Terminator Genisys, out now on Blu-ray (3D and 2D) and DVD, sounded like a bad idea the moment I saw the behind-the-scenes footage over a year ago, first teaser, then the first trailer, then the ‘living one-sheet poster‘ then… and so on. Perhaps if they’d concentrated on a plot that made sense, it would’ve had a reason to exist.
This film is, basically, as much a disappointment as online dating.
We start in 2029 where the resistance against the machines, led by a suitably scarfaced John Connor (Rise Of The Planet Of The Apes‘ Jason Clarke) tracks down the baddies to a big time machine thingy which they plan to take down tonight and destory. Except they won’t, because one of them has to go back to 1984 and chase after the Terminator which we know went back in the first film. And that the man to go back is Kyle Reese (Jai Courtney).
But just at the moment of going back to the once-present, while he’s tossing and turning inside the time machine as it lifts him up and twists him around, he spots something bad happening. Alas, at that point it’s like seeing someone being mugged on a train station platform just as your train is leaving – you can’t do a thing about it, and especially if you’re going back in time you can’t report it on arrival as it won’t have happened. Confused? You won’t be until after this episode of Soap! …or something.
What follows for the next 30-40 minutes is basically a mash-up of the first two films, or how they might appear if redone by a five-year-old after an imbibing of Sunny Delight, an afternoon of Minecraft and some Class A drugs. Some of this might’ve worked if they’d found actors to look somewhat like the originals. Courtney is nothing like Biehn, and sadly gets more work these days, while Byung-hun Lee plays the T-1000. Since when was the T-1000 Korean? I know this is an alternate past, but since the future didn’t know about the alternate past before sending any machines or humans back, how have they changed the T-1000? I’m probably thinking about this a lot more than the scriptwriters did. However, even the then-futuristic machine’s SFX don’t seem as good as when they were first used in 1991. In fact, despite the first teaser for this coming out a year before the movie’s release, the whole shebang still feels like a rush job.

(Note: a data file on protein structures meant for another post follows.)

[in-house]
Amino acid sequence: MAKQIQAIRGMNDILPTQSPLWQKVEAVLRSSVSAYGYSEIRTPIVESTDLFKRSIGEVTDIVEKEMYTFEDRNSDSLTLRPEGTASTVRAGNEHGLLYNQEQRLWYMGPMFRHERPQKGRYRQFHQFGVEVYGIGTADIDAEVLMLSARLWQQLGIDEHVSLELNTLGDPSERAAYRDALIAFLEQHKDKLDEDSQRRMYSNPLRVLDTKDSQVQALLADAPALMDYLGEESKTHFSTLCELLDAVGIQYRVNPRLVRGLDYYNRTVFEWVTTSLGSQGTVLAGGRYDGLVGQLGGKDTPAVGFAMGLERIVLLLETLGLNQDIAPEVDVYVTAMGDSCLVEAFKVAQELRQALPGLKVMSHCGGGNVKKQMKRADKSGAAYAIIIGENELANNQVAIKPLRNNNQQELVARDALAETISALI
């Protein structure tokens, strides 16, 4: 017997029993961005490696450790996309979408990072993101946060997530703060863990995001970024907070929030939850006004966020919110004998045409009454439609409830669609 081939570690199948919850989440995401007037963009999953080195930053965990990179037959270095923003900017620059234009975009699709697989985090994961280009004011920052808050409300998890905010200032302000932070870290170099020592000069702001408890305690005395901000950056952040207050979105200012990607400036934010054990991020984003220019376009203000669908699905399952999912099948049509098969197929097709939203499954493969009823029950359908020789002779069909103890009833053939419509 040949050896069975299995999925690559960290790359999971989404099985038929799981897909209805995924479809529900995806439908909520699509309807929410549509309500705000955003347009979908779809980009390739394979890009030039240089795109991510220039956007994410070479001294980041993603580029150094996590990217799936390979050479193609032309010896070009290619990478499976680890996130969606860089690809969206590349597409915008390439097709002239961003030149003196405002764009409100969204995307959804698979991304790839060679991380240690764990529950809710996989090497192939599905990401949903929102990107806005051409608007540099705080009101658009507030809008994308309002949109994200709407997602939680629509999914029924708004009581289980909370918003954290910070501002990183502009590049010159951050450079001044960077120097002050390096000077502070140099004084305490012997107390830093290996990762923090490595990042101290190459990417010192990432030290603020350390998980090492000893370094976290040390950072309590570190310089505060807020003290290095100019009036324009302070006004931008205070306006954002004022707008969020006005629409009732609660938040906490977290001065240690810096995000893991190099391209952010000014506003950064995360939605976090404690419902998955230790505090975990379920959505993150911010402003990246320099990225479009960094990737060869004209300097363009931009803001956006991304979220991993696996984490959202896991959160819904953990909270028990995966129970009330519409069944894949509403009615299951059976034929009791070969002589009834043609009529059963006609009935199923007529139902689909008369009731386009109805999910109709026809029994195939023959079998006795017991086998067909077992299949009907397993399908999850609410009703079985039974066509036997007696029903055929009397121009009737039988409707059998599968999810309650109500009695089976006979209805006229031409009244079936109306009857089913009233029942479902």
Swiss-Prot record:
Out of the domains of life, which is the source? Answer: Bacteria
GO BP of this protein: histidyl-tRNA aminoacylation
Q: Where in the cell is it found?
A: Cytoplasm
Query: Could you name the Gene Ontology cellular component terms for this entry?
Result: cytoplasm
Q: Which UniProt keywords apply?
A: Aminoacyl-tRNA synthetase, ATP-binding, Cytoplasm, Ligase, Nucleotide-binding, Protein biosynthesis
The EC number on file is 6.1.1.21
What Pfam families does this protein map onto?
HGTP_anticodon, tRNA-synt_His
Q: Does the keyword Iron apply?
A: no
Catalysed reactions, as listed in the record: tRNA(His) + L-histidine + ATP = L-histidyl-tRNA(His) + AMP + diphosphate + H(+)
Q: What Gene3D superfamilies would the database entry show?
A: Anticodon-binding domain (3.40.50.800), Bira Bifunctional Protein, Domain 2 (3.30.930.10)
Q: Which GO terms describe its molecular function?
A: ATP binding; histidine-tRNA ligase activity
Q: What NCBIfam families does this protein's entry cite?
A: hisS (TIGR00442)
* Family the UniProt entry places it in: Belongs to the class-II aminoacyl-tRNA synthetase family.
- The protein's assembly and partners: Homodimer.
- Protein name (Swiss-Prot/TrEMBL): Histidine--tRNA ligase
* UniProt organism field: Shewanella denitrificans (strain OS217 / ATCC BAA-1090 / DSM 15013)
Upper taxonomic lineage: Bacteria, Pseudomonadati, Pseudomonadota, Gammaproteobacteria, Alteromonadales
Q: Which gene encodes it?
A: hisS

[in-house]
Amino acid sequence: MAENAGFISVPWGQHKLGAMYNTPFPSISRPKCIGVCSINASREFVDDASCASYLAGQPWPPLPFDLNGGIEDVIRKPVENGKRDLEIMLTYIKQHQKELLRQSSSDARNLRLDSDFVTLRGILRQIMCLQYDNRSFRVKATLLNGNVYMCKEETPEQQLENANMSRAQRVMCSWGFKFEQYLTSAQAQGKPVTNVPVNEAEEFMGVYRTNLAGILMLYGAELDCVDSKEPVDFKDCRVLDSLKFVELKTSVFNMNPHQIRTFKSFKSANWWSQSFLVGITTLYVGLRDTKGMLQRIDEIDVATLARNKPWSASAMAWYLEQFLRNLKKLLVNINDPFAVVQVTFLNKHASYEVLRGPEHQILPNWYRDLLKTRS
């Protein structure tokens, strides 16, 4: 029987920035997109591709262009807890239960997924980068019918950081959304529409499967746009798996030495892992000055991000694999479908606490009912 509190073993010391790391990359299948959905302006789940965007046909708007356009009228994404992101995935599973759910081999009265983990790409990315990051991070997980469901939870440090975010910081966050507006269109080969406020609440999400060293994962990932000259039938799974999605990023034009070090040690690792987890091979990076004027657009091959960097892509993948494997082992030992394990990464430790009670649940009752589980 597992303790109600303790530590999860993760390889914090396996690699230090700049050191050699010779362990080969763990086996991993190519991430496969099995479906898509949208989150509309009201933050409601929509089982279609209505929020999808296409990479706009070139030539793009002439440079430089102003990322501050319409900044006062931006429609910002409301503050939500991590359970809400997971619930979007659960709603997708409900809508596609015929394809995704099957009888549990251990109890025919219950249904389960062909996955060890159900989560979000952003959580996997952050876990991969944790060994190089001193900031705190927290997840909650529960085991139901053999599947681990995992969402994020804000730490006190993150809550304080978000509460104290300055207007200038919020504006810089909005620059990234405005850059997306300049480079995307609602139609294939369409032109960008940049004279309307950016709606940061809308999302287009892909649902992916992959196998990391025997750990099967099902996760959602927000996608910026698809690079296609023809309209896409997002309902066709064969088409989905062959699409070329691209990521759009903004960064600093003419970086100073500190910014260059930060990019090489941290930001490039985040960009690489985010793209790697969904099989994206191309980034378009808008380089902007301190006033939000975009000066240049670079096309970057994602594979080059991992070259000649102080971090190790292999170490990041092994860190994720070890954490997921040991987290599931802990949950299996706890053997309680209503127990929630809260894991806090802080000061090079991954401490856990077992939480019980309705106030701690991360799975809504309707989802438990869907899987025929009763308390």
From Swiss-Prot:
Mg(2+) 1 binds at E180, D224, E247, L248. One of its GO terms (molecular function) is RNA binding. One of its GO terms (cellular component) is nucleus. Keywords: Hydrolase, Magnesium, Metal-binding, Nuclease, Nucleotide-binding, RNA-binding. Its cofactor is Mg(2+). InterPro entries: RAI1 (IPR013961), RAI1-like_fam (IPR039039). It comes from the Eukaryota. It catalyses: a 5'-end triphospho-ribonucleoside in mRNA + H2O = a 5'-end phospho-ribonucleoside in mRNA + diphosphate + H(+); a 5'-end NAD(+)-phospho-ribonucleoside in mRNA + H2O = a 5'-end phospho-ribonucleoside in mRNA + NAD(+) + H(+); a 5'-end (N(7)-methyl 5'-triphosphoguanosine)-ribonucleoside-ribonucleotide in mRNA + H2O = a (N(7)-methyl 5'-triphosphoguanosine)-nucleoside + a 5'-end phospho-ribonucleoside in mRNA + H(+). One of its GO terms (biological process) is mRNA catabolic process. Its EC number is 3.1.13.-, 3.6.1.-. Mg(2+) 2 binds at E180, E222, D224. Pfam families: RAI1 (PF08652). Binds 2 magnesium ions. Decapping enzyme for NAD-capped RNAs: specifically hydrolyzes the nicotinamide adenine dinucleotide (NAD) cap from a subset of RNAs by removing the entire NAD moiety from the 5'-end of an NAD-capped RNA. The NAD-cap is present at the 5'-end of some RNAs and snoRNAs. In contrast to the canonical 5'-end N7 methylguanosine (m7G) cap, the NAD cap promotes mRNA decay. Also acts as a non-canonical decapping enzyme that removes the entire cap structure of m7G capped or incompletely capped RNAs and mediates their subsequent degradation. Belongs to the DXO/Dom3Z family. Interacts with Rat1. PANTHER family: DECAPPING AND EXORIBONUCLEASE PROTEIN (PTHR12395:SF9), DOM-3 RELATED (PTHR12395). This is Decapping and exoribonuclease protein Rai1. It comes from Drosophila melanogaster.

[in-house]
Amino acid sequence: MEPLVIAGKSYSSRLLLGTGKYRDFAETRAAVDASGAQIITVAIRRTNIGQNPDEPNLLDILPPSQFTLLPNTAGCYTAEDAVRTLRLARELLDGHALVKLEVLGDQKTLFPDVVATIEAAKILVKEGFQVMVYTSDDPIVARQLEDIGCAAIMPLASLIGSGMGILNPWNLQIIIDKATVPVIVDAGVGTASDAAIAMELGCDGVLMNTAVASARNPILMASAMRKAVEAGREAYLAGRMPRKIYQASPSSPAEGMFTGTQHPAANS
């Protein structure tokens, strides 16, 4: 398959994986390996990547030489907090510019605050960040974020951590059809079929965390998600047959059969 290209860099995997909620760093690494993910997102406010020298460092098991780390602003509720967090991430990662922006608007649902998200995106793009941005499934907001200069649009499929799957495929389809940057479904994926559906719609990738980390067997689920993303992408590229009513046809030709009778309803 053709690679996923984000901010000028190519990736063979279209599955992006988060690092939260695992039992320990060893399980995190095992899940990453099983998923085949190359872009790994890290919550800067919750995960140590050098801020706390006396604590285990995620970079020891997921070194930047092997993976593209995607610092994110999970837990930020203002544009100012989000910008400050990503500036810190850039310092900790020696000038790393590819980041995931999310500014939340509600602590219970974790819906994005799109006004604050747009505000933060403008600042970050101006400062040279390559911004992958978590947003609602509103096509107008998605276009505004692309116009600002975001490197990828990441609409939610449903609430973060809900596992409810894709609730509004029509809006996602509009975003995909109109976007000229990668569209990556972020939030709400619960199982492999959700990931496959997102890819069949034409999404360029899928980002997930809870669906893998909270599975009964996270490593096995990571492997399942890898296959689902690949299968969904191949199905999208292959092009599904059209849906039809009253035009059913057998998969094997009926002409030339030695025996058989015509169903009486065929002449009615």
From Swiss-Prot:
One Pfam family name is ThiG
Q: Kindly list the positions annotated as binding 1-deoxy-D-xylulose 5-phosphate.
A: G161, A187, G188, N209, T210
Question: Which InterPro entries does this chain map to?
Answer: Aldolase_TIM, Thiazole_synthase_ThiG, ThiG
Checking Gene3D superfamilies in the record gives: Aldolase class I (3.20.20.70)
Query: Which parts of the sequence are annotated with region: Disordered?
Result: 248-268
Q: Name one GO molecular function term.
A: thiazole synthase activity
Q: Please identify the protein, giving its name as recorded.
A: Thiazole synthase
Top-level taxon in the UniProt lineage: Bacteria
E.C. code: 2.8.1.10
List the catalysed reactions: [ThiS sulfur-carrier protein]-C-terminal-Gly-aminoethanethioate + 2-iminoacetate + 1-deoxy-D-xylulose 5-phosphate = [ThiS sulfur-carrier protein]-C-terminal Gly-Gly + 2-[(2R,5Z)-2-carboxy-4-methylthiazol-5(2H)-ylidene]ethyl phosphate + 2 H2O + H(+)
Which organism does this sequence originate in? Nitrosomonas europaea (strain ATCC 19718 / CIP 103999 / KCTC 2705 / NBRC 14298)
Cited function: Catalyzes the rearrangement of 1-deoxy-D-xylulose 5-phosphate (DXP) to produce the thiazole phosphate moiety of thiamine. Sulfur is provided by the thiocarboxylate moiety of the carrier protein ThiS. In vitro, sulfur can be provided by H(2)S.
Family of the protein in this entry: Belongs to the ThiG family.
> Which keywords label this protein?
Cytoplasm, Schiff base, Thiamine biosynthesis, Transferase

From then on, the film jumps about in time like a dont-know-what, and seems to be making it up as it goes along.
Since Terminator 2, we’ve had Terminator 3: Rise Of The Machines, which was very poor indeed, and Terminator Salvation which was completely forgettable. In fact, the only thing I can remember about the latter was Christian Bale kicking off on-set, and BBC Breakfast accidentally reporting it…
At times when all the CRASH!BANG!WALLOP! was going on, it felt like I was going through a bad halluciogenic nightmare… as if you can have a good one(!)
While watching this, it made the RoboCop reboot and Stallone’s fourth Rambo films feel like masterpieces, and all the endless smashing up of stuff was reminiscent of the most tedious parts of Man of Steel. In fact, this is so bad that even Taken 3 is better than Terminator Genisys!
Elsewhere, we have too many self-referential moments, just one being Arnie crawling along the floor a la the first Terminator movie, and there’s a big plot change about halfway through, but… if you’ve seen the trailer then you already know what it is, so I’ll put it in a spoiler tag below if you want to know in advance. I do know that director Alan Taylor put this in especially as a big twist during the film, only to be discovered when you see it, but the studio thought they knew best and put it in the trailer!